What Delivery System Reform Models Can Be Used to Address SDOH?

Integrated care models, including patient-centered medical home (PMCHs) and Accountable Care Organizations (ACOs), often emphasize person-centered, comprehensive care and typically involve partnerships with community-based organizations and social services agencies.24 Integrated care models might address social determinants of health through interdisciplinary care teams or care coordination services. Payment mechanisms tied to these models (e.g., per member per month payments with or without quality or cost incentives) or shared savings/risk models with quality requirements) may provide incentives for providers to address the broad needs of Medicaid beneficiaries.

Box 3: Delivery System Reform State Examples
Central to Rhode Island’s Medicaid “Accountable Entity” program is accountability for identifying enrollee health-related social needs and supporting the provision of appropriate services. In Rhode Island, Medicaid MCOs sub-contract with integrated provider organizations – called Accountable Entities – responsible for total cost of care and health care quality and outcomes for an attributed population.25 Accountable Entities must integrate strategies to address social determinants. State certification standards require Accountable Entities to identify three key domains of social need as well as capacity to address those domains. Domains include housing stabilization and support, education, food security, safety and domestic violence, employment, and transportation.26 The Accountable Entity program requires providers to screen for unmet needs and encourages closer ties between health care providers and community-based organizations (CBOs).27 In May 2021, the state announced plans to launch the “Community Referral Platform” to support Accountable Entities in systematically screening and referring Medicaid enrollees to social service entities and CBOs to seek services for social need.28 The platform will allow health care providers to initiate referrals and enable CBOs to inform the provider of the status or outcome of the referral.29

Connecticut is a non-MCO state but operates performance-based contracts with its Administrative Services Organizations (ASOs), which are heavily data driven and focused on care integration and delivery system reform, including initiatives to address enrollee social determinants of health. Connecticut operates a managed fee-for-service model and contracts with three Administrative Services Organizations focused respectively on medical, behavioral health, and dental services. The state includes threshold questions concerning food security, housing stability, and physical safety into the medical ASO’s member assessment tool for intensive care management services. Community Health Workers help to deliver intensive case management services overseen by the medical and behavioral health ASOs. Connecticut requires participating practices of its PCMH+ program (an upside-only shared savings initiative) to have formal agreements with community partners (e.g., housing entities, food pantries). The state also encourages providers to capture ICD-10 Z codes on claims to help identify beneficiaries who may need assistance and connect them to community resources and supports.30


The pandemic has elevated the importance of addressing social determinants of health to improve health and reduce longstanding disparities in health and health care. While new funding to provide targeted assistance related to food and housing security as well as economic supports to individuals have a direct impact on helping to address SDOH, health programs like Medicaid can also play a supporting role. Although federal Medicaid rules prohibit expenditures for most non-medical services, state Medicaid programs have been developing strategies to identify and address enrollee social needs both within and outside of managed care since long before the COVID-19 pandemic. Although not discussed in this paper, health plan, health system, and other locally driven initiatives have also played a significant role in advancing work in this area. The January 2021 CMS guidance outlines the Medicaid authorities and options states can use to address the social determinants of health.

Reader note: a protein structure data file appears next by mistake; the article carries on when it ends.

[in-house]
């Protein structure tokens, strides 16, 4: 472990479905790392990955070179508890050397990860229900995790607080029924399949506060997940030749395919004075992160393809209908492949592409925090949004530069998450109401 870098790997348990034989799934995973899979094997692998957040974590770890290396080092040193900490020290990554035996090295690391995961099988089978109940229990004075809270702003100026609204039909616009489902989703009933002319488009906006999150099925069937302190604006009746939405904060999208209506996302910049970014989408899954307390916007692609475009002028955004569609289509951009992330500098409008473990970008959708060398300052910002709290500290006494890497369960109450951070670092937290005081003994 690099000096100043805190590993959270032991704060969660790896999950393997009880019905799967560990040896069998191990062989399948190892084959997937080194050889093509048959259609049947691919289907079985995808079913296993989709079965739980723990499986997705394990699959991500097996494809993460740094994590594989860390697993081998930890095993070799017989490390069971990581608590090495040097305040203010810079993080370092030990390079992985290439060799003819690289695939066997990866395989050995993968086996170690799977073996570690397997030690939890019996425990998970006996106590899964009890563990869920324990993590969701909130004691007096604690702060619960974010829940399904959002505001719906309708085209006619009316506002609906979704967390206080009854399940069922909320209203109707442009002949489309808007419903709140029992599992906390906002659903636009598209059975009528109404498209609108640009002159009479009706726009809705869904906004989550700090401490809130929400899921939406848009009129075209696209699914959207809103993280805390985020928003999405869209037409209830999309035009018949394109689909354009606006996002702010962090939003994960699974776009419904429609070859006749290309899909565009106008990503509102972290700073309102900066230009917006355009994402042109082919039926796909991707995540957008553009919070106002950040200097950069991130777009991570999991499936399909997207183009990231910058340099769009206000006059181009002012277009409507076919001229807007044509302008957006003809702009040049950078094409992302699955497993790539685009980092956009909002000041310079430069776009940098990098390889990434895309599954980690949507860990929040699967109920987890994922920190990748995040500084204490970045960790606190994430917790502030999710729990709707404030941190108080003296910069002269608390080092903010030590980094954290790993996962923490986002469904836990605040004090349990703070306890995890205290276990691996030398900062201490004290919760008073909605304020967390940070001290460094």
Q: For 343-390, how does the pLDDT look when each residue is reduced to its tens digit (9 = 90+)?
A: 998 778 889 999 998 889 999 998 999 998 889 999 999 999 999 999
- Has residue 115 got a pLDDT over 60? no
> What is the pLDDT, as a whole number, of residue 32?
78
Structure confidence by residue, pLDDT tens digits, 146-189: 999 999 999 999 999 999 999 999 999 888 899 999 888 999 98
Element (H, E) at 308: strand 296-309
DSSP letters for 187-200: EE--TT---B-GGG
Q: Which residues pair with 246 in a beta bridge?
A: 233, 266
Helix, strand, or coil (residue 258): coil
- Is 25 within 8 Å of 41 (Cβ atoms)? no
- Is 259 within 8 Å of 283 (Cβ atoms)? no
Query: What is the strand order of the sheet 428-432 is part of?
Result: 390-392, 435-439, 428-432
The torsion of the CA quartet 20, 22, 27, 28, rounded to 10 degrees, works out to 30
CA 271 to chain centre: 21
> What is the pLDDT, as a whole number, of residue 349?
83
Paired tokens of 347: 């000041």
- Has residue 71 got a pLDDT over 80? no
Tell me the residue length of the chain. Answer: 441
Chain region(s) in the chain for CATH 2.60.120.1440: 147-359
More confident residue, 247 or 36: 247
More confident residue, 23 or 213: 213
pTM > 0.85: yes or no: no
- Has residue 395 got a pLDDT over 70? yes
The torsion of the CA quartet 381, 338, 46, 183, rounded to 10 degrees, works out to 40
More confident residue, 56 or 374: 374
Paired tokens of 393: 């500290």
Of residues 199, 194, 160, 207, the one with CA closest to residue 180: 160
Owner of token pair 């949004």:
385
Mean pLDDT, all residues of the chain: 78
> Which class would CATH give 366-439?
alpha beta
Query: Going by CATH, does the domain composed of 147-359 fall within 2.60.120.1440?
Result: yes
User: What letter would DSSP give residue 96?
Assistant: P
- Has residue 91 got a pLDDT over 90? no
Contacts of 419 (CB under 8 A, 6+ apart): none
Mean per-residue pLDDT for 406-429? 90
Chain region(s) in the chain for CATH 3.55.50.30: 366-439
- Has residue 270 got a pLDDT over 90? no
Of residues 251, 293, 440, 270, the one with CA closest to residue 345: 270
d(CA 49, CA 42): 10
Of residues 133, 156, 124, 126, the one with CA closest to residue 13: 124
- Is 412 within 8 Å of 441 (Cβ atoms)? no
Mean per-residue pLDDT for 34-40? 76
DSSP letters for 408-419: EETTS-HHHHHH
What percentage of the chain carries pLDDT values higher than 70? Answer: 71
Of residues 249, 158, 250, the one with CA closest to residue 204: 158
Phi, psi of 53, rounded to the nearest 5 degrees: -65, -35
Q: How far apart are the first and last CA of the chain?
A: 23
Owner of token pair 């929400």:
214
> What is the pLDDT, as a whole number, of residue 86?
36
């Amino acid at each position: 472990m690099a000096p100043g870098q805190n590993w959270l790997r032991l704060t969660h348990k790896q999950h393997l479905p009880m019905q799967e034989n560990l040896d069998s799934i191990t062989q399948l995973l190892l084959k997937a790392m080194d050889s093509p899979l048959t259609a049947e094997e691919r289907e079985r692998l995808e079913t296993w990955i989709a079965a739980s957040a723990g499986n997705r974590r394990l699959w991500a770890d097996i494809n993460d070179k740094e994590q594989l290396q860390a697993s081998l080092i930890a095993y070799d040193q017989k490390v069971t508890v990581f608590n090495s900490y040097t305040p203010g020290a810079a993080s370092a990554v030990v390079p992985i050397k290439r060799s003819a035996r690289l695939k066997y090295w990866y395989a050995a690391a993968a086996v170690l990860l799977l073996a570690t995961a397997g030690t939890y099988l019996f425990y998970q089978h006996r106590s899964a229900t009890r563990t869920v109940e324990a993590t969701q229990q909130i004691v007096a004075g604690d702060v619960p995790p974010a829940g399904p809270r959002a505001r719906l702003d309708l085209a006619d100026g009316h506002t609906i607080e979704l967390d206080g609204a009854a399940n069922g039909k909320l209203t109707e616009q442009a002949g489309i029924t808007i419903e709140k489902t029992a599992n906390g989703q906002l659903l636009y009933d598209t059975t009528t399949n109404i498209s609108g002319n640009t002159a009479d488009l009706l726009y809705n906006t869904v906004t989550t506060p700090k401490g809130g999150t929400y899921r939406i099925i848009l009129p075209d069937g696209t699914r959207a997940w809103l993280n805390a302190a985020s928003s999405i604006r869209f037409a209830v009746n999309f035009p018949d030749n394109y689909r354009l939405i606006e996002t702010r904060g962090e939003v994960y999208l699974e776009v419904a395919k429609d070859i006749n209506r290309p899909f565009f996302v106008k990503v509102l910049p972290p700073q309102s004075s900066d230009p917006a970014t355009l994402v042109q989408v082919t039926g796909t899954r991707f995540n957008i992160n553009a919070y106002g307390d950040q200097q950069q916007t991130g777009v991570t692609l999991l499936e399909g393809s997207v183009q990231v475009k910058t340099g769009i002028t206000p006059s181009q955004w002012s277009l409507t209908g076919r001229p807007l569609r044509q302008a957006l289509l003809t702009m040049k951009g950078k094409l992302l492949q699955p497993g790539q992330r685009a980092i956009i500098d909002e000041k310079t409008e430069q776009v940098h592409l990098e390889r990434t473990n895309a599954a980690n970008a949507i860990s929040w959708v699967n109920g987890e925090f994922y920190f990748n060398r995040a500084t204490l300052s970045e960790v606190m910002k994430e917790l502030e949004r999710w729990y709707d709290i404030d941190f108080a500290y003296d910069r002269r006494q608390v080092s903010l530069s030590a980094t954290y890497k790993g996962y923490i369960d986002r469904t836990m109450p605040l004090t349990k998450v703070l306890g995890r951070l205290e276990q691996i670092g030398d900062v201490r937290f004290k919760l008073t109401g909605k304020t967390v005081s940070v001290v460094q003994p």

Although there are opportunities for states within Medicaid to help address SDOH, states also face challenges in designing programs and identifying “best practices” as well as in financing and scaling these efforts. These initiatives require working across siloed sectors with separate funding streams, where investments in one area may accrue savings in another. The capacity of community-based organizations and local programs may not be sufficient to meet identified needs and data infrastructure may need to be improved to allow for data sharing across health care and social services settings. While there is some evidence, more rigorous research is needed to evaluate how addressing social needs impacts health care utilization, spending, and health outcomes.31,32,33,34 Evaluations of existing programs and waivers, including North Carolina’s Healthy Opportunities pilot program, may yield important evidence about how addressing certain non-medical needs may impact program costs and health outcomes for targeted, at-risk populations.

As Section 1115 waivers reflect changing priorities from one presidential administration to another (from DSRIP to work requirements), it remains to be seen how the Biden administration will use these waivers to further its priorities. The administration may use these waivers as a vehicle to encourage states in their efforts to address SDOH and reduce health disparities. Although the Supreme Court has not yet acted to decide the consolidated Medicaid work requirement cases, the Biden administration is reversing these policies and has withdrawn work requirement waiver authorities in states that gained approval under the Trump administration. Outside of Section 1115, states have other tools to address the social determinants of health including partnering with managed care plans and leveraging managed care contracts, adding optional state plan benefits, and implementing integrated care models with a focus on interdisciplinary teams and “whole person” care.